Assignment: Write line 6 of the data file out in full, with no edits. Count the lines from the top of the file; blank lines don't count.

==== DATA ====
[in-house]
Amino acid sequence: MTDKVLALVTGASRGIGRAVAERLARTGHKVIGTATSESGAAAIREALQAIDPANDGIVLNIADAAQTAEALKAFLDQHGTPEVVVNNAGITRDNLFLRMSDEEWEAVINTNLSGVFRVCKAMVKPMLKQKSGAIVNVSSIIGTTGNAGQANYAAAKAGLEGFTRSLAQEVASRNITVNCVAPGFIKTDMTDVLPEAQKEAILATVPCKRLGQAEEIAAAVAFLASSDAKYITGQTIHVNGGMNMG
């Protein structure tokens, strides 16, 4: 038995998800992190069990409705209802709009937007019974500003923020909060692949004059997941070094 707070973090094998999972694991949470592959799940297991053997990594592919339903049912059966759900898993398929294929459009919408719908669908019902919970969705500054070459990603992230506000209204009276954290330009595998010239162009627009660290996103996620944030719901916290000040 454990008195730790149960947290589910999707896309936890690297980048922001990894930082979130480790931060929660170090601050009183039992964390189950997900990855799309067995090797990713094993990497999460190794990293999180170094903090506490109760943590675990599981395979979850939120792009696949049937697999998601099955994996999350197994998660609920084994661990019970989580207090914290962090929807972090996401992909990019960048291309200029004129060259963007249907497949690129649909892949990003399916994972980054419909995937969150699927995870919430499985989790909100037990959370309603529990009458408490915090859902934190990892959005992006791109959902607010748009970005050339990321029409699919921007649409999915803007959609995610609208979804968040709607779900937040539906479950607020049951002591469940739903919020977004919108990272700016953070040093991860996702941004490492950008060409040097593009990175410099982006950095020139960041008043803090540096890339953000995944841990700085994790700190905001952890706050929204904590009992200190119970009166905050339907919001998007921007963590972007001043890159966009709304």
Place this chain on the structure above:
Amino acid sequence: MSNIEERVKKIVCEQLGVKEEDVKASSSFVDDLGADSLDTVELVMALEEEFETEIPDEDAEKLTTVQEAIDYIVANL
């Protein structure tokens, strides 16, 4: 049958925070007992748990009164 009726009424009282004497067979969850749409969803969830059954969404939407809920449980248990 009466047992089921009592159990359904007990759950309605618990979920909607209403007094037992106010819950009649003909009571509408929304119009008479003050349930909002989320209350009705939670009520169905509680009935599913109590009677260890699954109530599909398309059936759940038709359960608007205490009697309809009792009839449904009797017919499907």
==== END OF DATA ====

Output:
């Protein structure tokens, strides 16, 4: 049958925070007992748990009164 009726009424009282004497067979969850749409969803969830059954969404939407809920449980248990 009466047992089921009592159990359904007990759950309605618990979920909607209403007094037992106010819950009649003909009571509408929304119009008479003050349930909002989320209350009705939670009520169905509680009935599913109590009677260890699954109530599909398309059936759940038709359960608007205490009697309809009792009839449904009797017919499907």